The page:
The FDA's 'Wish List': A Unified Agenda

Every year, around October, children begin dreaming of the gifts they want for the holidays and put them on their wish lists. Due to the economy, however, many children were disappointed in 2009. Like the children, the US Food and Drug Administration (FDA), along with other federal agencies, publishes its wish list called the Semiannual Regulatory Agenda. The Regulatory Flexibility Act of 1980 and Executive Order 12866 require the publication of this semiannual inventory of the rulemaking under development, and the US Department of Health and Human Services (HHS) publishes this wish list for the FDA. The latest came out on Dec. 7, 2009. This author always notices when the list comes out since the questions begin regarding the dates on the list, especially those asking whether the dates are for real. Like all wishes and dreams, sometimes they do come true, but the FDA’s batting average is well below the Mendoza Line—i.e., less than 200, or 1 in 5 (which, of course, is poor).

Most of the trouble with the Unified Agenda is caused when someone from the FDA speaks publically and is asked far-reaching questions such as, “When will the Final Monograph on insect drugs be issued?” to which the speaker responds with what items are included in the Unified Agenda. Once audience members hear the agenda, they expect those items to be acted upon and when they are not, like the children, they are disappointed. Therefore, please note that the following items are listed in the Unified Agenda but this should not be used as a basis for marketing or sales plans; while on the agenda, they are rarely completed, as will be shown.

The Latest Unified Agenda
Of all the agenda items, following are the four that are relevant to personal care, in the order in which they appear. With regard to the FDA’s language throughout, it should be noted that a final action refers to issuing a Final Rule on a given topic; anything else is merely proposed.

1. Prerule stage: Item one on the Unified Agenda, in the “prerule stage,” addresses OTC drug labeling requirements. In 1999, the FDA published its final rule stating that a standardized labeling format would significantly improve the readability of OTC labels by familiarizing consumers with the information included and the location of the information. In addition, a standardized appearance with standardized content, including user-friendly visual cues, would help consumers to locate important health and safety information, thus allowing them to quickly and effectively compare and select products. This became known as the “Drug Facts” box, which is required for all OTC drugs with the exception of the current stay for new sunscreens.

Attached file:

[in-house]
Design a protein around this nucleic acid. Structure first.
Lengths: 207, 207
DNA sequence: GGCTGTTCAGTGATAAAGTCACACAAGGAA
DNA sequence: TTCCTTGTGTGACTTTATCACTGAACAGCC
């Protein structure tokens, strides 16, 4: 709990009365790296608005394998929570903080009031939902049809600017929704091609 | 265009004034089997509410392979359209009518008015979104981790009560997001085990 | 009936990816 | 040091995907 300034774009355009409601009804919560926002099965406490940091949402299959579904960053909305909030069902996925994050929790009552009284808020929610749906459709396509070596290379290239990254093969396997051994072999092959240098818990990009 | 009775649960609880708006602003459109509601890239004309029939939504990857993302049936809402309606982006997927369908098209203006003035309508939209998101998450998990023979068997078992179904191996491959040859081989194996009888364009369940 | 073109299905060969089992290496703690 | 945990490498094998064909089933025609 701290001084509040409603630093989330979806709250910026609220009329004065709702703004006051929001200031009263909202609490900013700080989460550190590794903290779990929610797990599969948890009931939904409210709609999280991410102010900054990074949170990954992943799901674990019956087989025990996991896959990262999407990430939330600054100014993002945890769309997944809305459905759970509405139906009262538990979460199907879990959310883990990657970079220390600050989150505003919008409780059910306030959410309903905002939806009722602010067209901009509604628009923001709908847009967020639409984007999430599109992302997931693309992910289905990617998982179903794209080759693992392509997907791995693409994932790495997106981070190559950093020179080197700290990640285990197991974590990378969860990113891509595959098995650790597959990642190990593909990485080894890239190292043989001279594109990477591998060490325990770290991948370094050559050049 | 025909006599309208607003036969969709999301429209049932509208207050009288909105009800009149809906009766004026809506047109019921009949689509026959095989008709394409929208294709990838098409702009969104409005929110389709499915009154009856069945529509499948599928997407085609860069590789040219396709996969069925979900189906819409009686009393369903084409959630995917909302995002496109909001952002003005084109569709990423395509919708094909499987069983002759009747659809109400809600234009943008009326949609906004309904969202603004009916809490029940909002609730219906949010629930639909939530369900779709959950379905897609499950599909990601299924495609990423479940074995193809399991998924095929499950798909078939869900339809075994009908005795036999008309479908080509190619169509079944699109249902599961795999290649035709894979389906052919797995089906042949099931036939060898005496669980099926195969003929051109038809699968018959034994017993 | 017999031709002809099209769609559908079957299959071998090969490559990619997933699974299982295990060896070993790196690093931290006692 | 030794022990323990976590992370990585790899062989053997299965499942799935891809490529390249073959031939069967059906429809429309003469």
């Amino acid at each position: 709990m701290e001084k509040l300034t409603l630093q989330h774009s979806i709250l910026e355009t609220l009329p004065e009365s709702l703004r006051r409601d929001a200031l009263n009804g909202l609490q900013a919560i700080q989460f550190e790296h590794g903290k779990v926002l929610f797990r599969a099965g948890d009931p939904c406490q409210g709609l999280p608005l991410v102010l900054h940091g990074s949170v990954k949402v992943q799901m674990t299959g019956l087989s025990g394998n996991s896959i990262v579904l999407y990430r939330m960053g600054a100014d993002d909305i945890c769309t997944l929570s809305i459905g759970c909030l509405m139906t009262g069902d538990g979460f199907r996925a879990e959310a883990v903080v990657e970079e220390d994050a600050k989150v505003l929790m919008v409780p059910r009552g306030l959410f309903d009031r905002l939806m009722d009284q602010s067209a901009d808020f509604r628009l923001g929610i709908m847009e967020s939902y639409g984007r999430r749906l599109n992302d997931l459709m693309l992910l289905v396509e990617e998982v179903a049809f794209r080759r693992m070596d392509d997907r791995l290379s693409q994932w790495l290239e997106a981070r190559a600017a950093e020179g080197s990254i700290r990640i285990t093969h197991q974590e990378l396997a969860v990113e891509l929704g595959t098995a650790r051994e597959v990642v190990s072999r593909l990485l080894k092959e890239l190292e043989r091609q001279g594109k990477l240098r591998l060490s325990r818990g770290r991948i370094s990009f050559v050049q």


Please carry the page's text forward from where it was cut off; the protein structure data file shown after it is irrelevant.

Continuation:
Following this decision, the FDA is initiating a review of these rules to determine whether they should continue without change or whether they should be further amended or rescinded to minimize adverse impacts on a substantial number of small entities. The FDA is soliciting information and will consider comments on the following:

  • The continued need for the regulation in part 21 CFR 201.66;
  • The nature of the complaints or comments from the industry received by the FDA concerning the regulations;
  • The complexity of the regulations;
  • The extent to which the regulation overlaps, duplicates or conflicts with other federal, state or governmental rules; and
  • The degree to which technology, economic conditions or other factors have changed for the products, which are still subject to the labeling regulations.

2. Proposed rule stage: Items listed as being in the “proposed rule stage” on the agenda, including sunscreen products, were expected to be completed by the end of February 2010 based on the last Unified Agenda issued in May 2009. The first action on the agenda addressed products containing the combination of sunscreen and insect repellent ingredients. The second action addressed active ingredients under Time and Extent Application (TEA) review while the third action addressed other efficacy issues for OTC sunscreen drug products. Finally, the fourth action addressed sunscreen formulation, labeling and testing requirements for both UVB and UVA radiation protection.

The timetable for the completion of proposed rules for combined sunscreens and insect repellents is yet to be determined (TBD). Regarding the development of proposed rules for sunscreen efficacy issues on UVA/UVB protection, May 2010 is the expected deadline. In the case of active ingredients under TEA review, no date was given, which could mean the TEAs may be issued at any time.

3. Final rule stage: Five agenda items relevant to personal care fell within the “final rule” stage.

1) External analgesic products: The Final Monograph addresses the 2003 proposed rule on patches, plasters and poultices and the related proposed rule will address issues not addressed in previous rulemakings. The timetable for the final action on external analgesic products—i.e., by which dosage forms are expected to be completed—is September 2010. For proposed rules for other issues regarding these products, the timetable is TBD.

2) Labeling of small-sized OTC drugs: The final action item addressing labeling for convenience or small-sized OTC drug packages is expected to be completed by May 2010.

3) Skin protectant products: The first action for skin protectant products addresses those used to treat fever blisters and cold sores, with an expected timetable for completion of May 2010. The second action, identifying safe and effective skin protectant active ingredients to treat and prevent diaper rash, is expected to be completed by June 2010.

4) Acne drug products containing benzoyl peroxide: This action item to address acne drug products containing benzoyl peroxide was expected to be completed by December 2009—which as of press, has long passed without action.